...it can't end well, you think. I can't tell you how many versions of Swan Lake I've seen, some with endings that had me in tears and once, an unfortunate one that made me laugh. In case you haven't seen Derek Deane's version for English National Ballet, I won't tell you how it ends, but I do want to say a little more about this production.
This version begins with a prologue showing how Rothbart first captured Odette, which perhaps truncates the event rather too severely – one critic suggested that it implied she has only been a swan since lunchtime. On the whole I thought this worked – not every small child (or even older person) in the audience can be assumed to be entirely familiar with the story, though there is a good deal of snobbery around ballet which expects that they should be. Act I opens on the palace courtyard, where preparations are in hand for the Prince's birthday, and event somewhat marred by his mother's insistence that it's time he settled down. As Siegfried, Arionel Vargas looked quite appalled and despairing at this notion, in contrast to his boyish enthusiasm at her birthday gift of a crossbow. Charitably, I think we will assume that he is a very young Prince. The lack, in this production, of his friend Benno, perhaps points up this apparent youthfulness too far; he is an unfailingly serious young man, his only companion his elderly tutor. The highlight of this Act is the Pas de quatre, choreographed by Frederick Ashton, with some lively dancing; this is followed by a Polonaise, which I always enjoy, since I have a particular interest in the character dances within classical ballet.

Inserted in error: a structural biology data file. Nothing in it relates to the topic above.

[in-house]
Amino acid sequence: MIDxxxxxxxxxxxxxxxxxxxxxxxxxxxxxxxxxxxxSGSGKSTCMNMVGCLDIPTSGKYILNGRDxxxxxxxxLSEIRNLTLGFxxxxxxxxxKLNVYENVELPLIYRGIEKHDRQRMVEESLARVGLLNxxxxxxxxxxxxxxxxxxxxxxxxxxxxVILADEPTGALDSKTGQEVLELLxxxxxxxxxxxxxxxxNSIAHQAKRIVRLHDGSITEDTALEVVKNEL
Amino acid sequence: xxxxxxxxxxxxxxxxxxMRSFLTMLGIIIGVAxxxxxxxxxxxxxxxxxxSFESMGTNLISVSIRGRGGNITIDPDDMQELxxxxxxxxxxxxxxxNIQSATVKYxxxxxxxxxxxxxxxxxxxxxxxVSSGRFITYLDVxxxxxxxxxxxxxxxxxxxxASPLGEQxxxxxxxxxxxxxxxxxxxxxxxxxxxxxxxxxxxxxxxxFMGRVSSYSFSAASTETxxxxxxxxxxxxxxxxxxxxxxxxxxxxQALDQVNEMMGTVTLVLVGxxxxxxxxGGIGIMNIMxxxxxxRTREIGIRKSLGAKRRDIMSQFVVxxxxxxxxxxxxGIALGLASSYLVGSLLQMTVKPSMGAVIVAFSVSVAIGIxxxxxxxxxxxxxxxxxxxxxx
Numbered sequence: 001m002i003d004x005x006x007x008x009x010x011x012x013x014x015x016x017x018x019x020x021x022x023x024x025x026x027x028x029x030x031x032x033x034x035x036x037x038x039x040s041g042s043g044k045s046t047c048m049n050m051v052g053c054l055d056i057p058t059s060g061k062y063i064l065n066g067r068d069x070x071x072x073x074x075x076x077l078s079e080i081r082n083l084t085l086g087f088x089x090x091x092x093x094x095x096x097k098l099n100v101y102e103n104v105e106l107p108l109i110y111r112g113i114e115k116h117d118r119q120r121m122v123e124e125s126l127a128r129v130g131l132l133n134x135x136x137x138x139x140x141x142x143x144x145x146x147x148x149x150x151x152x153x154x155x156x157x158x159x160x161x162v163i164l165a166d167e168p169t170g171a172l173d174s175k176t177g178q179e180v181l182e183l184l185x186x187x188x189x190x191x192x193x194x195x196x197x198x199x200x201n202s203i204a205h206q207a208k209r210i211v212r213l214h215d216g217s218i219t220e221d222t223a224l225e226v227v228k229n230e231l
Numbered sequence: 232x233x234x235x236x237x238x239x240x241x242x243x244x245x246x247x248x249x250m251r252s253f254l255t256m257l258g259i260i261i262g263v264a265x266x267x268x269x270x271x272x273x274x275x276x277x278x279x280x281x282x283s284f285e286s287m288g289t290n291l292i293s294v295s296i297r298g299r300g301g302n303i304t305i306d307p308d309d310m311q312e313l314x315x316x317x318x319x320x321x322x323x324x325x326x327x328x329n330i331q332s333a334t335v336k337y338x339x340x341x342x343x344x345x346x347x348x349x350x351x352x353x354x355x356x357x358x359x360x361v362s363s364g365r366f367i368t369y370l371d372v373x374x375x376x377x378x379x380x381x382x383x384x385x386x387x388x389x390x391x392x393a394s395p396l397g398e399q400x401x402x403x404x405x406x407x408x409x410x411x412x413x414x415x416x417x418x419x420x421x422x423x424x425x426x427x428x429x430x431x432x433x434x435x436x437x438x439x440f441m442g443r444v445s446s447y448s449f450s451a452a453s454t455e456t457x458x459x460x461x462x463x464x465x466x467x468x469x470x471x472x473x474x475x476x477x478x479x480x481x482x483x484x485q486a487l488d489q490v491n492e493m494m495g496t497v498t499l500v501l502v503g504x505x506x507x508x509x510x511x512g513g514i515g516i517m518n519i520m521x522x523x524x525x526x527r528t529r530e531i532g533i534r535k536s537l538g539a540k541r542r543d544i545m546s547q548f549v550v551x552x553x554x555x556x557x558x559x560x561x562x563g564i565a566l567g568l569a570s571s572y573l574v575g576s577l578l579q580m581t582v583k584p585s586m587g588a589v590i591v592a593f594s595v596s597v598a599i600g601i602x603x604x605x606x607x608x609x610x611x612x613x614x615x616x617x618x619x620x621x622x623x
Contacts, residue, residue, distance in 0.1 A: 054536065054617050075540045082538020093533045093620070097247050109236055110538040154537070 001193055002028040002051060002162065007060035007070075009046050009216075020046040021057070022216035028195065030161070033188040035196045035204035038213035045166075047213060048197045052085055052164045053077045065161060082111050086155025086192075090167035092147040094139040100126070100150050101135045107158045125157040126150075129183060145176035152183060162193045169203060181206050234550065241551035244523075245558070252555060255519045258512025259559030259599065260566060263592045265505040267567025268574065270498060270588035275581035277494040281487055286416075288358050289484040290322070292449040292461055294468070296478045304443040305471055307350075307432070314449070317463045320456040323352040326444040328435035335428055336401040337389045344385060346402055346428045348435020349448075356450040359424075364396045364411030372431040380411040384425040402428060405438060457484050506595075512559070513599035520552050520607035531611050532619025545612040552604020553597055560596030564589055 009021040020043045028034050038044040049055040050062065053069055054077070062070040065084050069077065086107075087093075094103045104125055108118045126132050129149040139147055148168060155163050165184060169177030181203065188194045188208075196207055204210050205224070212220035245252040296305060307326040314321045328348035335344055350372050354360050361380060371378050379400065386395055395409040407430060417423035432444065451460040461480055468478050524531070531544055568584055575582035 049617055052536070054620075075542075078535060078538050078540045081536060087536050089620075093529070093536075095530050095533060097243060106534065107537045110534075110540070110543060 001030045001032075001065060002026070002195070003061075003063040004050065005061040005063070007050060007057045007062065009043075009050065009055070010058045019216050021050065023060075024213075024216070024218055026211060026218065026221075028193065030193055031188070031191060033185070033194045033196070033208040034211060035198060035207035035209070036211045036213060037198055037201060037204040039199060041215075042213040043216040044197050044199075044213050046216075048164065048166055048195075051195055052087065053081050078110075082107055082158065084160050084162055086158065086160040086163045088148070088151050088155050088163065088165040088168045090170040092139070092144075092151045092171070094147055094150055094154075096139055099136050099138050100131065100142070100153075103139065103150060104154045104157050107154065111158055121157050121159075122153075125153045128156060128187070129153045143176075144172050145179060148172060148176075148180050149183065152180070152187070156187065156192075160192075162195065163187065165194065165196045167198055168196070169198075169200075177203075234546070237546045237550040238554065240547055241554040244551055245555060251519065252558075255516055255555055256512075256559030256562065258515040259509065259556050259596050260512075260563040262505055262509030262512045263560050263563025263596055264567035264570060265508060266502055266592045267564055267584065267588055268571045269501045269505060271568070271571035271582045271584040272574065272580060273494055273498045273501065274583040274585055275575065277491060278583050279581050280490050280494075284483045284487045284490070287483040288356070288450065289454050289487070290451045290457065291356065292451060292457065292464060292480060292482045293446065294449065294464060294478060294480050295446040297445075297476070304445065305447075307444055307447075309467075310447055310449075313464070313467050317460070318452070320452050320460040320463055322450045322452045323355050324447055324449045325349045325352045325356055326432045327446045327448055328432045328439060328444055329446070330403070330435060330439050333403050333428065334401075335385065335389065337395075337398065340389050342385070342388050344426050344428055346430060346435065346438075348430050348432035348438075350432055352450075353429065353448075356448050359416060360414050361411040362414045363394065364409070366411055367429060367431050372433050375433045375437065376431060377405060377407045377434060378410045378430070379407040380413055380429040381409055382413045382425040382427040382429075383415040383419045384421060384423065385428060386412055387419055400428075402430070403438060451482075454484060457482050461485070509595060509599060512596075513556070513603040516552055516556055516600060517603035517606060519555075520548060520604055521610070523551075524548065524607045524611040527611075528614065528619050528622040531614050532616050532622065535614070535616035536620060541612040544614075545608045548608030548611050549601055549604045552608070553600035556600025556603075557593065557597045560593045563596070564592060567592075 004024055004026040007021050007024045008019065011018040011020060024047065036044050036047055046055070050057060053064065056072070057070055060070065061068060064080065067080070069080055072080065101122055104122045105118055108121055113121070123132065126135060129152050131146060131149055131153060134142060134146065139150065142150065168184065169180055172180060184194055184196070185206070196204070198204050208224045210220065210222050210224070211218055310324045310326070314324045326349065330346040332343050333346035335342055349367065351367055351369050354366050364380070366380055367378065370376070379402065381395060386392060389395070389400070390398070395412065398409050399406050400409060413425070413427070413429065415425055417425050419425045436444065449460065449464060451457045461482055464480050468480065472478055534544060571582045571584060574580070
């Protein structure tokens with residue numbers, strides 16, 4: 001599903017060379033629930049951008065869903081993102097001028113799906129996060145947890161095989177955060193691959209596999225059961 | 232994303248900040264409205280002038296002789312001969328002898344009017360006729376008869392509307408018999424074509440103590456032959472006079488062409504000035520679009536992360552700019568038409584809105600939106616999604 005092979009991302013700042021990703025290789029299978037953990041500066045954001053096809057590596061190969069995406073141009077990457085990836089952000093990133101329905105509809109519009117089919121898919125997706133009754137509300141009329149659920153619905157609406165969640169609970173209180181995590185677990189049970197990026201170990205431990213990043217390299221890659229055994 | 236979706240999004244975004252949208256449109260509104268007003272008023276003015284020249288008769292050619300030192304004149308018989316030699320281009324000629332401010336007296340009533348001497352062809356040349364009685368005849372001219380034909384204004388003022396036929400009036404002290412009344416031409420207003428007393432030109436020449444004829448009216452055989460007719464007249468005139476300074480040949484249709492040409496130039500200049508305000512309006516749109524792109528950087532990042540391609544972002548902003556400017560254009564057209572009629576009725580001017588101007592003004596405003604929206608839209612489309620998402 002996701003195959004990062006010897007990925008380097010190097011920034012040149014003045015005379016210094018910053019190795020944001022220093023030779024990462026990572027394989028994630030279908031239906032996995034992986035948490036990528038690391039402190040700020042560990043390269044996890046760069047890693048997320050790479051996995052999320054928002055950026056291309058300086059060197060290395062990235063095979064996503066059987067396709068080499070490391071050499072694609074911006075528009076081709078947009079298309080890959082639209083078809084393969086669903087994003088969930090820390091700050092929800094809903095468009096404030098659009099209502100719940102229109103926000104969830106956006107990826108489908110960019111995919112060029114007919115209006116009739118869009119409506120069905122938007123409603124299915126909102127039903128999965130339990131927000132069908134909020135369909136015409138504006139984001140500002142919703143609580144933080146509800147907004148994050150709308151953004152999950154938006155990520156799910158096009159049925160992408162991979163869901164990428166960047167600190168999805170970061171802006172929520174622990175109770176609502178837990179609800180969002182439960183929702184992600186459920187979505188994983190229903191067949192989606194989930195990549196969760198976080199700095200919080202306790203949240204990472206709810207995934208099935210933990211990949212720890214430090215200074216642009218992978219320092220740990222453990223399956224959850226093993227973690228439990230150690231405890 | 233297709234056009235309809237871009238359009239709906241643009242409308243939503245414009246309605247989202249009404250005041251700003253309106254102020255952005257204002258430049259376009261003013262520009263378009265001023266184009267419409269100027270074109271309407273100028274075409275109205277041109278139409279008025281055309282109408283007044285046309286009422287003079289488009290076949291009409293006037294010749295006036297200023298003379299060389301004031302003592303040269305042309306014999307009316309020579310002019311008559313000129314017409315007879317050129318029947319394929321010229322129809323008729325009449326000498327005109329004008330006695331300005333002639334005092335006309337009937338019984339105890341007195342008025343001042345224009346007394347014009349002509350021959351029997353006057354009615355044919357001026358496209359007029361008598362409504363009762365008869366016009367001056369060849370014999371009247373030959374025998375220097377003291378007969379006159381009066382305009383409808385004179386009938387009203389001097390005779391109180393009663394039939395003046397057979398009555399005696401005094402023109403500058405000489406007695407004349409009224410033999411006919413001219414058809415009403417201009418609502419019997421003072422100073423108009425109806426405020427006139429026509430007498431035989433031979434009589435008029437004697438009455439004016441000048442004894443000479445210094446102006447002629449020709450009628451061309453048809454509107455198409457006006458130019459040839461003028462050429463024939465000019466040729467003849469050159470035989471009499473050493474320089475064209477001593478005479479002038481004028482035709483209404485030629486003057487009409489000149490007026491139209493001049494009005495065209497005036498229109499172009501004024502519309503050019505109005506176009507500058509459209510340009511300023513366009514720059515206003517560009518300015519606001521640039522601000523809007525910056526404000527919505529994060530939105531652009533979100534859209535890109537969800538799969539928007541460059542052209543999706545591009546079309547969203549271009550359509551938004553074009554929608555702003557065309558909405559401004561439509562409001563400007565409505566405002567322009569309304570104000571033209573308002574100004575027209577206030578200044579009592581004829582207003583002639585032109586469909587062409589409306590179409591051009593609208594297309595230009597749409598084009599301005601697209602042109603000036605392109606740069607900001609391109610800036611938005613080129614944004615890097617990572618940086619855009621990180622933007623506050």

Act II, at the Lakeside, was very pretty. From my seat in the Balcony (I like to watch from a height) the patterns were a delight, and the dancing from the corps de ballet was precise and graceful. Odette (Sarah McIlroy), when she appeared, had lovely line but was a little diffident for my liking, though her dancing was expressive. Her re-appearance as Odile in Act III lacked fire and strength and, therefore, contrast with Odette, but these were Principal dancers, rather than Senior Principals, and one expects a little less. I'm also aware of expecting an unrealistically high standard having, in the past, seen some notable dancers in the role. The character dances in Act III were pleasing, the costumes (by Peter Farmer) attractive if a trifle predictable. I longed for the lavish opulence of Philip Prowse's costumes for Birmingham Royal Ballet some years ago, which provided all the spectacle that this most famous of ballets deserves. The exceptions were Rothbart's costumes, which conveyed a wonderfully unwholesome oily quality to the feather, and Odile's black and bronze tutu, which matched her father's shot bronze cloak. Very nice.
The dry ice in Act IV, back at the lake, was on the heavy side, and the final pas de deux between the Prince and Odette, pretty though it was, failed to provoke the necessary lump to the throat. The final tableau, however, of serried ranks of swans in the "dying swan" position made famous by Pavlova, was enchanting, and did much to redeem any earlier failings.